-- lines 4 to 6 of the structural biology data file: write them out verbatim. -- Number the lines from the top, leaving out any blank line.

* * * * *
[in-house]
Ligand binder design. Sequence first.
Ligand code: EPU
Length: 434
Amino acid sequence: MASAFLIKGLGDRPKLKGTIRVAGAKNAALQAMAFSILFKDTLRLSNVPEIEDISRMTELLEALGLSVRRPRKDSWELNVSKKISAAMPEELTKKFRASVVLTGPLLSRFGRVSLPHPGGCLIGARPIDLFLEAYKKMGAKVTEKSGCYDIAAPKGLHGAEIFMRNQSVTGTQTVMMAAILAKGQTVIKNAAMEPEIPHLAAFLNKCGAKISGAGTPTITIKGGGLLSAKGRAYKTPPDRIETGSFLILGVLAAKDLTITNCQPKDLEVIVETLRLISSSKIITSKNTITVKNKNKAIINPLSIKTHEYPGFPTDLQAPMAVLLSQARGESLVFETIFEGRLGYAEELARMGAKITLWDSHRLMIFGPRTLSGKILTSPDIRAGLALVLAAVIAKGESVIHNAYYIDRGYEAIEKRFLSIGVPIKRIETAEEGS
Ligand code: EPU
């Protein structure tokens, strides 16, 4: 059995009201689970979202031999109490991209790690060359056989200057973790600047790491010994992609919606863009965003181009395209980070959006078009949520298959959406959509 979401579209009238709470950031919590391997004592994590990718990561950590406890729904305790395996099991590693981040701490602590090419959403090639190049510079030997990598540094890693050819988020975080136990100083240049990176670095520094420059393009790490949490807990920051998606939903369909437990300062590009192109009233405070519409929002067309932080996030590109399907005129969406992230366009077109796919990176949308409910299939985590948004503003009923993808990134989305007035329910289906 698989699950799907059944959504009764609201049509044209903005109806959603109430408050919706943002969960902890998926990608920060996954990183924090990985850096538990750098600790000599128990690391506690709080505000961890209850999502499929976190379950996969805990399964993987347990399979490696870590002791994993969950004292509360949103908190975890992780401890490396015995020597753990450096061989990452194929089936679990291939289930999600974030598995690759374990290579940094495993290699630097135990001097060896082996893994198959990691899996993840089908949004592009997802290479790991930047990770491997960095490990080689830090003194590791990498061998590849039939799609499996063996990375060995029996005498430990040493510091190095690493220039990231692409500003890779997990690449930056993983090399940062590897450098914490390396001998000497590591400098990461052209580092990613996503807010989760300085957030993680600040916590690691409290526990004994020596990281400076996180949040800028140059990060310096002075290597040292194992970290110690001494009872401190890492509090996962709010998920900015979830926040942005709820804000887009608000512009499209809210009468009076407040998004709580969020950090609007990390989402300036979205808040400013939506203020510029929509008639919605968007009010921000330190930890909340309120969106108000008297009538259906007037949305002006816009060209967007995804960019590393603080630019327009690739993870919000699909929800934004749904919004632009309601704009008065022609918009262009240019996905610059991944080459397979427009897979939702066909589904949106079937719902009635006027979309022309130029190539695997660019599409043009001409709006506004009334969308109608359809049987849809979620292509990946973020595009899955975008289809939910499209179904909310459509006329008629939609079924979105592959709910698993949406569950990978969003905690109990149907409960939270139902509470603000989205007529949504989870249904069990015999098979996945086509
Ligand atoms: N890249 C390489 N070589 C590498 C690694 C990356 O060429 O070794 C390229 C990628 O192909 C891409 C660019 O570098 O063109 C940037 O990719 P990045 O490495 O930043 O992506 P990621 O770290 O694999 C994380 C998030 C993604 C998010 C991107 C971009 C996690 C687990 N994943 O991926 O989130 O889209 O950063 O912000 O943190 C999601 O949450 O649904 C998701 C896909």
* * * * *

Length: 434
Amino acid sequence: MASAFLIKGLGDRPKLKGTIRVAGAKNAALQAMAFSILFKDTLRLSNVPEIEDISRMTELLEALGLSVRRPRKDSWELNVSKKISAAMPEELTKKFRASVVLTGPLLSRFGRVSLPHPGGCLIGARPIDLFLEAYKKMGAKVTEKSGCYDIAAPKGLHGAEIFMRNQSVTGTQTVMMAAILAKGQTVIKNAAMEPEIPHLAAFLNKCGAKISGAGTPTITIKGGGLLSAKGRAYKTPPDRIETGSFLILGVLAAKDLTITNCQPKDLEVIVETLRLISSSKIITSKNTITVKNKNKAIINPLSIKTHEYPGFPTDLQAPMAVLLSQARGESLVFETIFEGRLGYAEELARMGAKITLWDSHRLMIFGPRTLSGKILTSPDIRAGLALVLAAVIAKGESVIHNAYYIDRGYEAIEKRFLSIGVPIKRIETAEEGS
Ligand code: EPU